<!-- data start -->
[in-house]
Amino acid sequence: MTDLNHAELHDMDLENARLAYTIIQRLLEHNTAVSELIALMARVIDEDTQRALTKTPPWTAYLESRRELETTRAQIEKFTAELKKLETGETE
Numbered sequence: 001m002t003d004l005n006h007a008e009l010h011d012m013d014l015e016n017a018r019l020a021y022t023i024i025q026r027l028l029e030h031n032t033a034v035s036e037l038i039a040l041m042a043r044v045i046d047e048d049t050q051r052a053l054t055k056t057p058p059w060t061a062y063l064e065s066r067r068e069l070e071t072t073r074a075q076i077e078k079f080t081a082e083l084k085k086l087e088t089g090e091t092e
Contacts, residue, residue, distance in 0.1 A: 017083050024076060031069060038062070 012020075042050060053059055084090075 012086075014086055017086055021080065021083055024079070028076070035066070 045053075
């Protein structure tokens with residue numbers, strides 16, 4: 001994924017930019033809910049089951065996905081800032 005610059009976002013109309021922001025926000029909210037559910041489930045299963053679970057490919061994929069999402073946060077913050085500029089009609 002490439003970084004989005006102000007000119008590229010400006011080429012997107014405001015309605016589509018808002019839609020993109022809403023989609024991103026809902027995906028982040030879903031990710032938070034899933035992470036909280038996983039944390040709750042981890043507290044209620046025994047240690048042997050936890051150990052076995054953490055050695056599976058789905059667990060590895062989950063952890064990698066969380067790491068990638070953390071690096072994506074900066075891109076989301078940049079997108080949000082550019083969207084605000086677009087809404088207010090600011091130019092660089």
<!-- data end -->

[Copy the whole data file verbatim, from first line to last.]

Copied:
[in-house]
Amino acid sequence: MTDLNHAELHDMDLENARLAYTIIQRLLEHNTAVSELIALMARVIDEDTQRALTKTPPWTAYLESRRELETTRAQIEKFTAELKKLETGETE
Numbered sequence: 001m002t003d004l005n006h007a008e009l010h011d012m013d014l015e016n017a018r019l020a021y022t023i024i025q026r027l028l029e030h031n032t033a034v035s036e037l038i039a040l041m042a043r044v045i046d047e048d049t050q051r052a053l054t055k056t057p058p059w060t061a062y063l064e065s066r067r068e069l070e071t072t073r074a075q076i077e078k079f080t081a082e083l084k085k086l087e088t089g090e091t092e
Contacts, residue, residue, distance in 0.1 A: 017083050024076060031069060038062070 012020075042050060053059055084090075 012086075014086055017086055021080065021083055024079070028076070035066070 045053075
């Protein structure tokens with residue numbers, strides 16, 4: 001994924017930019033809910049089951065996905081800032 005610059009976002013109309021922001025926000029909210037559910041489930045299963053679970057490919061994929069999402073946060077913050085500029089009609 002490439003970084004989005006102000007000119008590229010400006011080429012997107014405001015309605016589509018808002019839609020993109022809403023989609024991103026809902027995906028982040030879903031990710032938070034899933035992470036909280038996983039944390040709750042981890043507290044209620046025994047240690048042997050936890051150990052076995054953490055050695056599976058789905059667990060590895062989950063952890064990698066969380067790491068990638070953390071690096072994506074900066075891109076989301078940049079997108080949000082550019083969207084605000086677009087809404088207010090600011091130019092660089």